JUN 29, 2020 3:38 PM PDT

Stroke Most Common Brain Side Effect from COVID-19

WRITTEN BY: Annie Lennon

Researchers in the UK have found that having a stroke is the most common neurological side-effect of COVID-19. They also identified other neuological and psychological problems that may be linked to the virus.

For the research, they analyzed medical records from 153 patients treated in UK hospitals for COVID-19 between April 2nd and April 26th. As patients in the study were selected for inclusion by their doctors, they likely include the most severe cases of the virus. 

The study included 114 people who tested positive for COVID-19 via polymerase chain reaction (PCR) tests. Meanwhile, the others were suspected of having the infection from chest X-rays, computerized tomography (CT) scans, and general symptom analysis. 

The researchers found that the most common effect on the brain from the virus was a stroke, reported in 77 patients. Of these, 57 were due to a blood clot in the brain (an ischaemic stroke), nine due to brain hemorrhage, and one from inflammation in the brain's blood vessels. In total, 82% of the patients who had a stroke were over 60 years old. 

Meanwhile, 39 patients showed signs of confusion and behavioral changes. Among them, nine had encephalopathy (an unspecified brain dysfunction), while seven had encephalitis or brain inflammation. The researchers say that long-term follow-up studies of these cases are needed to ascertain the longevity of the conditions. 

The remaining 23 patients with altered mental states were diagnosed with psychiatric conditions- 21 out of the 23 had these diagnoses confirmed by psychiatrists as new conditions. While ten patients had a new-onset of psychosis, six had a dementia-like syndrome, and seven had signs of a mood disorder, such as depression and anxiety. In total, 18 out of the 47 patients with altered mental states were under 60 years old.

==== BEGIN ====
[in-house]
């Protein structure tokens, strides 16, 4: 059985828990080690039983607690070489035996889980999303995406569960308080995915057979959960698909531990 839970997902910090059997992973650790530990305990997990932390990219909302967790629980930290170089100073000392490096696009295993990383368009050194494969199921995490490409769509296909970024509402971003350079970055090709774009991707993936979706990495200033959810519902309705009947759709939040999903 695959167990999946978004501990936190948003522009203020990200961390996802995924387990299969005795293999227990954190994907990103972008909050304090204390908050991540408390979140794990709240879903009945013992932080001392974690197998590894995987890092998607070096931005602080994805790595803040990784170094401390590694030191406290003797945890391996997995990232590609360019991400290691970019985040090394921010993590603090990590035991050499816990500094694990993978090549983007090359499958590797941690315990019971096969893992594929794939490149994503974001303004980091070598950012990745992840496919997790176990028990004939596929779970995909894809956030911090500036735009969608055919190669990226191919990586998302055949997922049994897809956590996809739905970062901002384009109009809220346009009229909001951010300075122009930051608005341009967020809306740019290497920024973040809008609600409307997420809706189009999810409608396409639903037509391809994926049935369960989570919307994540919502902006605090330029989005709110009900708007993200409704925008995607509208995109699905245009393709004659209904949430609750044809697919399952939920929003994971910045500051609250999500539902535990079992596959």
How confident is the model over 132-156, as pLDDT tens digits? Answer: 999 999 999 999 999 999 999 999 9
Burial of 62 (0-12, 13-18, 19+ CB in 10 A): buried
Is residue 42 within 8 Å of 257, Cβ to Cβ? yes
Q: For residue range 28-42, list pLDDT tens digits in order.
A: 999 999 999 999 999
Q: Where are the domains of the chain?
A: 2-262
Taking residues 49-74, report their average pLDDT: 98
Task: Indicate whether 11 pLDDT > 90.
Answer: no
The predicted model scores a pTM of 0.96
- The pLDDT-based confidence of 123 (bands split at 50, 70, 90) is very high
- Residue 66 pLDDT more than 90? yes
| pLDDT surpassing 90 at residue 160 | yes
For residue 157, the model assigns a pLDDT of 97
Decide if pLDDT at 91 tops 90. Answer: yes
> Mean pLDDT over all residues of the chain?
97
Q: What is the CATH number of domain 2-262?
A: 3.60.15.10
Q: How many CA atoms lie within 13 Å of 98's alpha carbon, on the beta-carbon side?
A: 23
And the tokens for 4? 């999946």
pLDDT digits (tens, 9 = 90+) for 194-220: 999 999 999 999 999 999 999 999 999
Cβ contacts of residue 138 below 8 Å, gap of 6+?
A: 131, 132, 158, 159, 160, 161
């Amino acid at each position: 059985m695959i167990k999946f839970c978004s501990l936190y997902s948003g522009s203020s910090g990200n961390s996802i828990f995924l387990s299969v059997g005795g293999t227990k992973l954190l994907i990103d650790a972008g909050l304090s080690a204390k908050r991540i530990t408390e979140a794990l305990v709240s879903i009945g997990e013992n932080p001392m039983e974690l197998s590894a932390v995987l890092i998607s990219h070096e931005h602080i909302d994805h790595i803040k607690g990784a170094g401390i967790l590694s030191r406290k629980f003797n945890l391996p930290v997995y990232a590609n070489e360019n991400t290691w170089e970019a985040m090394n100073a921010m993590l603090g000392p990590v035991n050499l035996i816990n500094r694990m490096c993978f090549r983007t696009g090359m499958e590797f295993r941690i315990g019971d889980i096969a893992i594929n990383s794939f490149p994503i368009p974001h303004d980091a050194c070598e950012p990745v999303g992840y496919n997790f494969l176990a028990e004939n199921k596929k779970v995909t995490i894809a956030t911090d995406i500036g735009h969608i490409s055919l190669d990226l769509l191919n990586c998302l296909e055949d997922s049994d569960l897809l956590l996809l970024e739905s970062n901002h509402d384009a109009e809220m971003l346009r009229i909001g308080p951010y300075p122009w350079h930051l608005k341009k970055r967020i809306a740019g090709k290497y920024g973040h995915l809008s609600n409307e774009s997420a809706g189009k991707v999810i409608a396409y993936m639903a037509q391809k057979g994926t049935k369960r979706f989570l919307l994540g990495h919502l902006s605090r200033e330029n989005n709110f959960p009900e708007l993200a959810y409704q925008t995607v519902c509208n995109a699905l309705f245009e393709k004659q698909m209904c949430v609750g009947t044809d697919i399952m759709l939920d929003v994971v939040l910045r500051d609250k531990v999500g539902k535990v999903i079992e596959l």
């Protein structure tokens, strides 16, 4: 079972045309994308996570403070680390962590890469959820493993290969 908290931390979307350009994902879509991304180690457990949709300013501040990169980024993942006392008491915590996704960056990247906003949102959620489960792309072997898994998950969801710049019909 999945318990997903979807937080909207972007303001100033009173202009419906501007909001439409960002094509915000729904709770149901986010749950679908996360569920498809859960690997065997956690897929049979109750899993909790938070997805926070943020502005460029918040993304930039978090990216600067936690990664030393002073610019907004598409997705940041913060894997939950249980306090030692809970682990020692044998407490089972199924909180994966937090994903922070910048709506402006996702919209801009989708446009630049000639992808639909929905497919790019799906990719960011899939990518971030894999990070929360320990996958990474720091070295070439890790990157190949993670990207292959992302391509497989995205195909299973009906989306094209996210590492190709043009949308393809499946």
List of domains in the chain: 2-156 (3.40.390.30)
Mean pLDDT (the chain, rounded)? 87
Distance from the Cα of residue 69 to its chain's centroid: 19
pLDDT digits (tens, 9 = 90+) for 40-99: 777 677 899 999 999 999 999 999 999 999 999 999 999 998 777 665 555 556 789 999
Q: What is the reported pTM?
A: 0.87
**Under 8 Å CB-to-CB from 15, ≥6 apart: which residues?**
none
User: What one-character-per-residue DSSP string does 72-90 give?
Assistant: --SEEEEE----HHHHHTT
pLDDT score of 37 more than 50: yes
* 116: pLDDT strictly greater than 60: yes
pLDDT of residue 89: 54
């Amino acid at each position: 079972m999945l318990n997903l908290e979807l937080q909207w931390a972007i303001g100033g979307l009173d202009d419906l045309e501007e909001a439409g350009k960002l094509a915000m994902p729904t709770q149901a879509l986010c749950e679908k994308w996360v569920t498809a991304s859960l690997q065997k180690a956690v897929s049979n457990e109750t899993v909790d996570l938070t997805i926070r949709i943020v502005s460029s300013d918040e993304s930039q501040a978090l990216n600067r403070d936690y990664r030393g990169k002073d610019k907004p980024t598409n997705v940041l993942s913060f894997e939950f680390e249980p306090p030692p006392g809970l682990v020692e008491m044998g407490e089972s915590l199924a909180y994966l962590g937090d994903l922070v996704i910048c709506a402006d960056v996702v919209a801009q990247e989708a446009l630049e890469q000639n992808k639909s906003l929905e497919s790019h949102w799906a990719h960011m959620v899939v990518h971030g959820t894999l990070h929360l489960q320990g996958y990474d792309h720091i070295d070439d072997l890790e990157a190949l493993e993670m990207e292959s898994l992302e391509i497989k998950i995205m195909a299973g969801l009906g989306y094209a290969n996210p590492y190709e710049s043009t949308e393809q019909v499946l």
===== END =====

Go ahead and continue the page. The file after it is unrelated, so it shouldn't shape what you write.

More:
The researchers say that the high proportion of younger patients experiencing psychiatric conditions may have come as younger patients are more likely to seek mental health services for abnormalities. Older patients, on the other hand, are more likely to have their mental health issues excused by age. 

"Our study is an important early step towards defining neurological complications in COVID-19 patients, which will help with health policy planning as well as informing the immediate next steps in COVID-19 neuroscience research. We now need detailed studies to understand the possible biological mechanisms underlying these complications so that we can explore potential treatments", says Dr. Benedict Michael, one of the study's lead authors. 


Sources: Neuroscience News, The Lancet

About the Author
  • Annie Lennon is a writer whose work also appears in Medical News Today, Psych Central, Psychology Today, and other outlets. When she's not writing, she is COO of Xeurix, an HR startup that assesses jobfit from gamified workplace simulations.
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